The hack works with all of the "PowerSurge" models, including the 7300, 7500, 8500, 8600, 9500, and 9600. The 6500 seems to work as well. They also work on the PowerBook 2400/3400/3500(Kanga). The NuBus PowerMacs (6100, 7100, 8100 series, and the Duo 2300) have only been a limited success.

For more information, visit <>

Your OS 9.0.4 disk may be a restore disk for a specific model Mac. See Finegan's workaround in the letter above.


OS 9.0.4 from iMac DV Installs on G4 Sawtooth

Power Mac G4Ted Bragg


Thought I'd toss my two cents in on the OS 9 install problem. I put my iMac DV's OS 9.0.4 disc on a G4/450 Sawtooth with no problem. It installed just fine.

I think the problem lies in the iMac DV install disc's reliance on the ATI video system and onboard USB, specs both my iMac DV and G4 tower share, but the 7200 series doesn't.

Generic OS 9 discs should work just find for his machine. OWC has them for $37.

-Ted Bragg

Hi Ted,

Sometimes it will work; sometimes not.

For example, the OS X 10.2.3 Restore disk that came with my iBook won't boot my Pismo PowerBook, and the OS 8.1 CD that came with my WallStreet won't install a system on my Umax SuperMac S900.

Thanks for the OWC link. Best price I've seen for OS 9.


PowerBook 3400c

From Heather Anne Hurd


Really enjoyed the articles regarding the 3400c. I, too, have a mint circa '97 PB 3400c/180. It's simply my favorite PowerBook. I have a dozen PowerBooks, ranging from a 1991 PowerBook 100 (still works great!) to a PowerBook G3/233 WallStreet.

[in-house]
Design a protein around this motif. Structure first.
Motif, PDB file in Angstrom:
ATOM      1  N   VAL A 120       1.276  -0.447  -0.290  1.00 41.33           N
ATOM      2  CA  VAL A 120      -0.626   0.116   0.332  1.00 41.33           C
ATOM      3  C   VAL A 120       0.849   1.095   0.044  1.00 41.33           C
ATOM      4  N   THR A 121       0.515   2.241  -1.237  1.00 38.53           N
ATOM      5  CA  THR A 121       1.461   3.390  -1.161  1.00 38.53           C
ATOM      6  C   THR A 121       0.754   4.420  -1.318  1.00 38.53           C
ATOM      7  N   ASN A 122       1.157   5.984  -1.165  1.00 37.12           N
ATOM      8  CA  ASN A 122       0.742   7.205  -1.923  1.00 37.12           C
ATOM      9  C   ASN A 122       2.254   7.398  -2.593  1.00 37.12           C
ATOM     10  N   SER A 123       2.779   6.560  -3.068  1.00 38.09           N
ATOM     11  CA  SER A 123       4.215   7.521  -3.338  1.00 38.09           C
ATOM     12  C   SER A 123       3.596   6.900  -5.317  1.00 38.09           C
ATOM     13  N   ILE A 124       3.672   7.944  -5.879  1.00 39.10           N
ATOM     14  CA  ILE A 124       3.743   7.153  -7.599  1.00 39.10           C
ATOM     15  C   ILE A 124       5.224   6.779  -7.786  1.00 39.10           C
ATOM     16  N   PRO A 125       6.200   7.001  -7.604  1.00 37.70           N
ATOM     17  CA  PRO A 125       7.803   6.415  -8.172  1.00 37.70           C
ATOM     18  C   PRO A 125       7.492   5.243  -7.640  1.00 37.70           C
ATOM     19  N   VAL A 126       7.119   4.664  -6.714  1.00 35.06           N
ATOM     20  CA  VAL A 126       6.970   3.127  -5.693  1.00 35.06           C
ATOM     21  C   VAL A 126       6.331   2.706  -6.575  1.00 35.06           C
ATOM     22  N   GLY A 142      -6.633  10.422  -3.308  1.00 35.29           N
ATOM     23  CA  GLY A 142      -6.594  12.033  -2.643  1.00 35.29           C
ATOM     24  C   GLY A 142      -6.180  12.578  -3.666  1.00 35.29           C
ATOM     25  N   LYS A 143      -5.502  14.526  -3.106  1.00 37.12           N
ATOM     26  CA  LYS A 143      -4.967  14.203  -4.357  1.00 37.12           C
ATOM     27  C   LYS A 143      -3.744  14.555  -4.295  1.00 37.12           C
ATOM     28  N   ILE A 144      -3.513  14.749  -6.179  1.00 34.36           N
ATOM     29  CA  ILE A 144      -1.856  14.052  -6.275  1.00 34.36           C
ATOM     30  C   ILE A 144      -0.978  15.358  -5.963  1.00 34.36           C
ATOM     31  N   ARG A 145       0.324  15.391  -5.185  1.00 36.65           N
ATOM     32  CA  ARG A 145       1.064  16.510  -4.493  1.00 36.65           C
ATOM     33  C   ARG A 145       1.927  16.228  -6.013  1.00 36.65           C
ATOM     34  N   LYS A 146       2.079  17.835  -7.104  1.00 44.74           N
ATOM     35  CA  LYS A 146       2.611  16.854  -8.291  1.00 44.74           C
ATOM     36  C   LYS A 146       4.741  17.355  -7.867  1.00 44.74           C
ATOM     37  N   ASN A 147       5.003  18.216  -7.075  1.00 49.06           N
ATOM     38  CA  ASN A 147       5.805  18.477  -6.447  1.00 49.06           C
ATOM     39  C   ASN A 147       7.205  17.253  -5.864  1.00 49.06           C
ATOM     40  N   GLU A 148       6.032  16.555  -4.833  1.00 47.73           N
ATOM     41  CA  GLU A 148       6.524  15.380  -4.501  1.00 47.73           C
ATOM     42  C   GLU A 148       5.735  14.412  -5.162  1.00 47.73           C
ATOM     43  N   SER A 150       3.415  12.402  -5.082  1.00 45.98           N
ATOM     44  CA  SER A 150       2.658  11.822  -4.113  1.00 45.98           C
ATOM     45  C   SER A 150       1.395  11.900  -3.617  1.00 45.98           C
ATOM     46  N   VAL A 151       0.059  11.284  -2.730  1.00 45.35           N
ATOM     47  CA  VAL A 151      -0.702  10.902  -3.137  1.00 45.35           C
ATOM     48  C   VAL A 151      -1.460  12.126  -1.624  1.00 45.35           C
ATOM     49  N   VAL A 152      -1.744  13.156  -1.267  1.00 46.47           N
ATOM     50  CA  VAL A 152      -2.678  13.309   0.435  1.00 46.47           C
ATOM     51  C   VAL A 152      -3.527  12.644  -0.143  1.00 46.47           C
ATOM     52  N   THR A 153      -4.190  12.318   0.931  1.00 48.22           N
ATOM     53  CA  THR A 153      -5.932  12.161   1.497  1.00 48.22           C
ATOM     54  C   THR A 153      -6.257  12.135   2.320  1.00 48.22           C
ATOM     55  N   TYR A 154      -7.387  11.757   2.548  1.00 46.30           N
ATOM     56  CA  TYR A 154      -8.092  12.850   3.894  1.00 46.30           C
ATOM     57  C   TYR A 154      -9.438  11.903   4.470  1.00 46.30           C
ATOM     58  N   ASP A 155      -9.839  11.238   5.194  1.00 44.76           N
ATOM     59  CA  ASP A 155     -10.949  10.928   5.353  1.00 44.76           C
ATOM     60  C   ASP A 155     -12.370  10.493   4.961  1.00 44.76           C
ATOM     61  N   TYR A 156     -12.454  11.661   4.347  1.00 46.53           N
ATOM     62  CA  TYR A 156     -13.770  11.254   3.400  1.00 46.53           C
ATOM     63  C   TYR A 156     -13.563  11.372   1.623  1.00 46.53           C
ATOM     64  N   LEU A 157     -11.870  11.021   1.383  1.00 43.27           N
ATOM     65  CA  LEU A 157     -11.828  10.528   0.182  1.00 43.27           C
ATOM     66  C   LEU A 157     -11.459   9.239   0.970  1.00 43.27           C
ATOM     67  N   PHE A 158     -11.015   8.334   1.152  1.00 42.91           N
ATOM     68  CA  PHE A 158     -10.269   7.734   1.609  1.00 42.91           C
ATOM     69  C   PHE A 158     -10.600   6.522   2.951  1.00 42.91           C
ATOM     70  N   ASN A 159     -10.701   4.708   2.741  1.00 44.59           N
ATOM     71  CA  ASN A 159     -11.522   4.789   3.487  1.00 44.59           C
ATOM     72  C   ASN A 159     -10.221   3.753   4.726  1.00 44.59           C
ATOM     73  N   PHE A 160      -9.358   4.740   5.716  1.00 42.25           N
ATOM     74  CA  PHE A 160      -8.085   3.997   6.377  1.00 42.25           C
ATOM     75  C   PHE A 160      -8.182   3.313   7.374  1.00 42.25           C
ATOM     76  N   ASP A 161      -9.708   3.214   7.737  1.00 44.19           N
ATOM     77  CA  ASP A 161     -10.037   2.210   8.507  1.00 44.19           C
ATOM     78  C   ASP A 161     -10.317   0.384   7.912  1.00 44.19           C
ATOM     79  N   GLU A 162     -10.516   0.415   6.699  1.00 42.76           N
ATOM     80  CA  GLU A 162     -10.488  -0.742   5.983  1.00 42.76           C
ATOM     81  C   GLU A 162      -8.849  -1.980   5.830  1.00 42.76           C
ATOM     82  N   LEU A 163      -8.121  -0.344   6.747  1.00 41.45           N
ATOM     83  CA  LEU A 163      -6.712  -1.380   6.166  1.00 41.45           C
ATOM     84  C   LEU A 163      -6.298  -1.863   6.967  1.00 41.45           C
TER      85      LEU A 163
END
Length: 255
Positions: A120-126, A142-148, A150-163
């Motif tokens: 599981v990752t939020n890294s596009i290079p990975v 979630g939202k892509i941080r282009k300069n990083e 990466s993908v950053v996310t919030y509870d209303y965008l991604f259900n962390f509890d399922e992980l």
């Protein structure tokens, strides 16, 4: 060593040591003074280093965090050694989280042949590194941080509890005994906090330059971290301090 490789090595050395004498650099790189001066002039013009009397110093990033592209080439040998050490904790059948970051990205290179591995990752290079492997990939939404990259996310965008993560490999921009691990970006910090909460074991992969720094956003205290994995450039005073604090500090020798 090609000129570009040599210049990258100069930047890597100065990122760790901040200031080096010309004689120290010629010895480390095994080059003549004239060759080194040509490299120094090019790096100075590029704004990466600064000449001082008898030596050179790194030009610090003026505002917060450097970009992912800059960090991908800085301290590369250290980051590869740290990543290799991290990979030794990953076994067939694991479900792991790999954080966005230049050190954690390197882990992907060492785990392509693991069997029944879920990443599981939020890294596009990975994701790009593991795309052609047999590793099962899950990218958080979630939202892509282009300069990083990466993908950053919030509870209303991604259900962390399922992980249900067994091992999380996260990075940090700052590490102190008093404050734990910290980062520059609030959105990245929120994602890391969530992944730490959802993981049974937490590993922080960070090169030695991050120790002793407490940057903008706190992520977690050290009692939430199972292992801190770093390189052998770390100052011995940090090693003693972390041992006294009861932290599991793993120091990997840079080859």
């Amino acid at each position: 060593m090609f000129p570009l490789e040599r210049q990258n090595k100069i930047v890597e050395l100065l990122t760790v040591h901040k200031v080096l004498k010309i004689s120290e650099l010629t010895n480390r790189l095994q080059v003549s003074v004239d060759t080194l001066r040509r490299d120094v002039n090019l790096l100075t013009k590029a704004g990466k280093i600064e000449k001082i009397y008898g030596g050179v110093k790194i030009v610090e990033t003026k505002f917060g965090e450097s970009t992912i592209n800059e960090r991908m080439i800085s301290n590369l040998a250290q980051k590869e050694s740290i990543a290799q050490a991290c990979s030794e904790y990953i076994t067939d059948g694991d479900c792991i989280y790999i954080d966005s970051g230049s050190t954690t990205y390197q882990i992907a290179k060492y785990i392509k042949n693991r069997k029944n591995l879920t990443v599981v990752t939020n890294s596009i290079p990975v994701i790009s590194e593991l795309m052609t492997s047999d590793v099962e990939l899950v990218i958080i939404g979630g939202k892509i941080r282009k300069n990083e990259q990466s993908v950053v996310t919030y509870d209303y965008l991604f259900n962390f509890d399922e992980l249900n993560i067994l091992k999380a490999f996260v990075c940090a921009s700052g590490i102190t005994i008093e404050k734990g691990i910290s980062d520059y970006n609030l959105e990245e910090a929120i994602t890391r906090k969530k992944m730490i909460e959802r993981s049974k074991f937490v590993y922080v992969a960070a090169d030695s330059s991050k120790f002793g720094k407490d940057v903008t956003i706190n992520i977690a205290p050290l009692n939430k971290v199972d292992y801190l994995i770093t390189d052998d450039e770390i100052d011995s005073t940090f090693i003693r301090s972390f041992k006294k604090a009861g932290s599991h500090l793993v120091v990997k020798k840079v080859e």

I love them all, especially the PB G3 and my PowerBook 1400c/333, but my 3400c is my fave. It's like the 747-400 of late '90's PowerBooks. Huge, heavy, solid, reliable, reasonably fast (still) - and the active matrix screen is one of the best I have ever seen on any laptop.

It does WiFi and most everything else under OS 9 (9.1 on mine). I am planning on maxing out the RAM soon and getting a new battery. Simply put, it's a great PowerBook that I plan to use for years to come. I especially liked the "downgrade" story - going from a 2002 iBook to a 1997 PB 3400c, cool!!! Anyway, the PB 3400c is a great older PowerBook and very affordable!

Heather Anne Hurd

Hi Heather Anne,

Wow, you really are a classic PowerBook fan. Love your 3400 as 747-400 metaphor. Thanks for the testimonial and rock on!


PowerBook 3400c and the Grey OEM Mac OS 9 CD

From Stéphane Gervais


I too have a PowerBook 3400c, given to me by my father after he upgraded to an eMac, that is currently running with Mac OS 8.1. I figured it's time to upgrade the poor thing. It runs perfectly still. I've changed the hard drive myself to a 20 gig and added the maximum memory allowed. Internet connection through a wireless Oricono PC Card without a single hitch. And now I want to upgrade the OS to 9 so that I can enjoy some of the new features on the Internet.

So, my question is, what is the deal with the grey OEM CD's? If it is marked 'iMac' on the CD, does it mean that only iMacs can use it? I have found sites that sell these CD as being able to perform full install on close to any Mac computer. Is that true? Or will I have to purchase a real retail version of Mac OS 9 to be able to upgrade my PowerBook? The white CD with the orange 9 on it.

Thank you in advance.

Stéphane E. Gervais

Hi Stéphane,

OEM Restore CDs that ship with new Apple computers will sometimes work with other models, but often not. I can't predict which will be the case with what model.

One trick with the Classic Mac OS is that you can usually just drag a copy of an installed System Folder from one Mac to another so long as the destination machine is supported by that system version.

You could also try the workaround Dan described above.

Doing this of course falls outside Apple's licensing parameters.


Booting Clamshell iBook from FireWire Drives

From Angela Brett

Hi Charles,